Whole Hong Kong and Cheung Chau Island have been preparing for the last 12 months for the annual Cheung Chau Bun Festival. The Cheung Chau Bun Festival (also known as Cheung Chau Da Jiu Festival) is one of the most important festival and culture events in Hong Kong.

Listed on the National List of Intangible Cultural Heritage by the Ministry of Culture of the People’s Republic of China, this festival is one of a kind and one of the most remarkable and spectacular festivals one can witness. The Cheung Chau Bun Festival is celebrated this year on May 6th 2014 or on the 8th day of the fourth month of the Lunar calendar.

Sidebar Banner 14 Export

The tradition of the Cheung Chau Bun Festival started in the late Qing dynasty. A devastating plague confronted the small island of Cheung Chau. As a last way out the islander petitioned the Taoist god Pak Tai to drive away the evil spirits by parading statues and other deities through their village. The plague finally ended after the performance. However, the ritual remains after 100 years to commemorate the people who died in the plague. The Cheung Chau Bun Festival was born.

Cheung Chau Bun Festival - Lucky Buns

Cheung Chau Bun Festival – Lucky Buns

During May 3rd to May 7th, 2014, the weeklong Cheung Chau Bun Festival is full of traditions and includes Taoist ceremonies, music, parades, lion dances, drum beating, Chinese Opera performances and special food. However, the highlights of the Cheung Chau Bun Festival are the exciting and spectacular Bun Scrambling Competition (or as some people refer to Bun Fighting Competition) as well as the Piu Sik (Floating Colours) Parade. Both events take place on May 6th, 2014 (which is also Buddha’s Birthday and a Public Holiday in Hong Kong).

The Piu Sik (Floating Colours) Parade is a dramatic re-enactment of the ceremonial parade held to drive away the plague a century ago. The Carnival-like procession will proceed through Cheung Chau’s small and narrow lanes. Over 20 decorated floats as well as lion dancers, musicians and acrobats will join this colorful parade. Each float will have two young children dressed up as deities and modern celebrities balancing on poles and “floating” through the air. Some of the floats ate still carried through the narrow lanes of Cheung Chau the traditional way: four strong men carry the heavy float on their shoulders. The Piu Sik (Floating Colours) Parade starts around 2pm and will take around 2 hours.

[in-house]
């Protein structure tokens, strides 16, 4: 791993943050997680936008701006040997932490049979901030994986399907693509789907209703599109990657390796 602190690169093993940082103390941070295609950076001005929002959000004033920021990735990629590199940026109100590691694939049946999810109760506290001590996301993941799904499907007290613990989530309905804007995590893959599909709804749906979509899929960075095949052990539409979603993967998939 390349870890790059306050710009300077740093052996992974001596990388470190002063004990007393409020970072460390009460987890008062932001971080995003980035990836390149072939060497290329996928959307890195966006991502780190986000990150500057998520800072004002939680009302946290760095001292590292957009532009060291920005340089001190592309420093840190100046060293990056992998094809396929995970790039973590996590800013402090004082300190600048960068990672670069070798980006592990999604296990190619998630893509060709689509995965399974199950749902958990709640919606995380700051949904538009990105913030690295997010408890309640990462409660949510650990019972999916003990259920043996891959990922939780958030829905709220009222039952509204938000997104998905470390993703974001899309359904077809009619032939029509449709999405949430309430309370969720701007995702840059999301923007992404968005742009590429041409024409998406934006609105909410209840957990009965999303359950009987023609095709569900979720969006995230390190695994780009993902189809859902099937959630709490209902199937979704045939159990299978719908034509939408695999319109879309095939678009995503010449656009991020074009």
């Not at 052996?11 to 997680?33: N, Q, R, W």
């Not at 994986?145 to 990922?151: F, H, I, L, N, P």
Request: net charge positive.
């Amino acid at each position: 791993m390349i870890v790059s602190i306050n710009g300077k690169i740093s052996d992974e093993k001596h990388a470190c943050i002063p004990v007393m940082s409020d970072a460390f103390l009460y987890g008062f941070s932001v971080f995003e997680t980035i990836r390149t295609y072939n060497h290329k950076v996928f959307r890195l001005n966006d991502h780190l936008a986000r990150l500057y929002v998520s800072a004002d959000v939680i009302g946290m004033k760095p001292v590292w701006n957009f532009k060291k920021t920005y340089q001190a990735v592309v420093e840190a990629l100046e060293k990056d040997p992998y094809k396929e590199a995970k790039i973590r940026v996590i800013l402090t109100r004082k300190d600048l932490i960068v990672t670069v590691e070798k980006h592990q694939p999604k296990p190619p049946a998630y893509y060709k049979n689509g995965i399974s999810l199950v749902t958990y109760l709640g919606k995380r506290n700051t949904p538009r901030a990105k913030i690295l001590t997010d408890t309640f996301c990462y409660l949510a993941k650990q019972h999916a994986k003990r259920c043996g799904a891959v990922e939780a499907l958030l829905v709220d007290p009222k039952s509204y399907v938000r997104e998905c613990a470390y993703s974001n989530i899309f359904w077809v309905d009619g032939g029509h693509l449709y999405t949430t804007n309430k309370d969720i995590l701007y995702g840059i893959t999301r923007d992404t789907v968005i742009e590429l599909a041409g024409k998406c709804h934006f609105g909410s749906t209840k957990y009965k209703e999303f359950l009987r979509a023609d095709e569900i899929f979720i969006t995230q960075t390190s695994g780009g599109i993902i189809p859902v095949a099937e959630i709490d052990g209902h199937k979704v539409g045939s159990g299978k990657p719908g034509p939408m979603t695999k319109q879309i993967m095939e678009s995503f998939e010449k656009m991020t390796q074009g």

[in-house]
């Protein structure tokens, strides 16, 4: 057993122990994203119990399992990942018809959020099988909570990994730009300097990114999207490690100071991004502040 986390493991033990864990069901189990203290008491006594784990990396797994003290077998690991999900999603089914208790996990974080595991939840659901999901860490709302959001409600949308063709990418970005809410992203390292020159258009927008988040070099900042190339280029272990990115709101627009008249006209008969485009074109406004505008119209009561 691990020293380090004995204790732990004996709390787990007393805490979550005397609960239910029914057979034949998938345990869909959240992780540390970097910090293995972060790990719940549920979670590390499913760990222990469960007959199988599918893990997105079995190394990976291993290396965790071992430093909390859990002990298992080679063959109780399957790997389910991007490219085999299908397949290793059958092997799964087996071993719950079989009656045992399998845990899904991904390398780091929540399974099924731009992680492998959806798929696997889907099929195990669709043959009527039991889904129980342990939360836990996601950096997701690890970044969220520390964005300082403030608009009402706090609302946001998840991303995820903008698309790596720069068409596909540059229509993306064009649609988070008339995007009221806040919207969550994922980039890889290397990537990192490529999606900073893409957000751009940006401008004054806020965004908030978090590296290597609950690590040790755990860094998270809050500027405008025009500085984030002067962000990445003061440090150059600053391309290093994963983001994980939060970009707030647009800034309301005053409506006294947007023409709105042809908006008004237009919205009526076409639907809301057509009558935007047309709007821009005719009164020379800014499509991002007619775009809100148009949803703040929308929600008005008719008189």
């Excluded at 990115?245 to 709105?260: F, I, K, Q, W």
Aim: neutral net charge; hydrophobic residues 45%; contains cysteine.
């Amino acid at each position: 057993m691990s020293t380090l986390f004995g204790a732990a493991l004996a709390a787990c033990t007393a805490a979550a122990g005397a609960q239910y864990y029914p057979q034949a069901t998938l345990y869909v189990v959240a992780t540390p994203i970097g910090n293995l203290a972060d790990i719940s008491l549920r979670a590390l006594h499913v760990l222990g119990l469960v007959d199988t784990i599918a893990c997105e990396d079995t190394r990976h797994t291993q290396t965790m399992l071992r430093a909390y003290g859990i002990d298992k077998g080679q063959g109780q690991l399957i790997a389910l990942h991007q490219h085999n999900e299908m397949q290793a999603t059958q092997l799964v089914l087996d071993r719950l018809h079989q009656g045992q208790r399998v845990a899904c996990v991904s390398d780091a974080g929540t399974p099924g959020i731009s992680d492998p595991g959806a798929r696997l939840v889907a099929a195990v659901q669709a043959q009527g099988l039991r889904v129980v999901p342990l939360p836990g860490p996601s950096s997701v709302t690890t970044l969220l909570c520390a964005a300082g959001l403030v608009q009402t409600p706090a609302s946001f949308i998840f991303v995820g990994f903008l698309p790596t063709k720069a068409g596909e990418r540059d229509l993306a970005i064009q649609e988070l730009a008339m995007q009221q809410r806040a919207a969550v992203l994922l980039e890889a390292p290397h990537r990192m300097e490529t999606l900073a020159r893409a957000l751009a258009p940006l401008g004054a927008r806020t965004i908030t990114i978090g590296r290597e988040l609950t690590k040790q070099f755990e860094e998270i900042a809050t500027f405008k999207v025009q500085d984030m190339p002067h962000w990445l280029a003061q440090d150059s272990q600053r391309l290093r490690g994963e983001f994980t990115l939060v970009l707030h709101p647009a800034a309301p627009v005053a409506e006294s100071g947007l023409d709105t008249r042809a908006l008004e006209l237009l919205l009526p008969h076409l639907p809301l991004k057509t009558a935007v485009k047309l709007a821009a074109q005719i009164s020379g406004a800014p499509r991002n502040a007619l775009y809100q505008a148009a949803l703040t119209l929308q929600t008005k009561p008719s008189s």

Insider Tip: In case you would enjoy the colorful Piu Sik (Floating Colours) Parade we highly recommend arriving early to secure a good spot to watch and enjoy this special event. Expect large crowds since this parade is one of the highlights of the Cheung Chau Bun event.

The spectacular Bun Scrambling Competition is the other main highlight of the Cheung Chau Bun Festival and starts around midnight on May 6th, 2014 at the Soccer Field of the Pak tai Temple Playground (please note that admission to the Bun Scrambling Competition is by ticket only. Tickets can be obtained for free on a first-come, first-served basis from 10pm at the Pak She First Lane next to the Pak Tai Temple). Selected contestants have to climb a 14-metre-high scrambling tower consisting and covered with over 9,000 buns. Within the 3-minute race to the top of the bun tower the participants of the Bun Festival have to collect, snatch and grab as many buns as possible. Usually, the contestants rush to the top of the bun tower first since the buns on the top of the bun tower have the highest value or score. The contestant who has the highest score will win the spectacular Bun Scrambling Competition.

Aside from the Piu Sik (Floating Colours) Parade and Bun Scrambling (Bun Snatching) Competition visitors have not only a chance to explore and experience the small Island of Cheung Chau, but also to experience traditional Chinese opera performances, Lion and Unicorn Dances, Kung-Fu performances as well as ritual, traditional and Chinese Acrobatic performances and special food snacks such as the delicious Cheung Chau’s Lucky Buns filled with either with sesame, lotus or red bean during this spectacular traditional and cultural Hong Kong festival.

When and where does the Cheung Chau Bun Festival take place:

Date: May 3 – 7, 2014 May 6: 2:00pm – 4:00 pm Piu Sik (Floating Colours) Parade 11:30pm – 12:25am Bun Scrambling Competition Venue: Cheung Chau Island

How to get to the Cheung Chau Bun Festival:

Simply take a ferry from the Central Pier 5 to Cheung Chau Island. The ferry ride takes approx. 35-60 minutes. Please note that the ferry will operate between 12:30am to 11:45pm. At the day of the Bun Scrambling Competition the ferry service will be extended.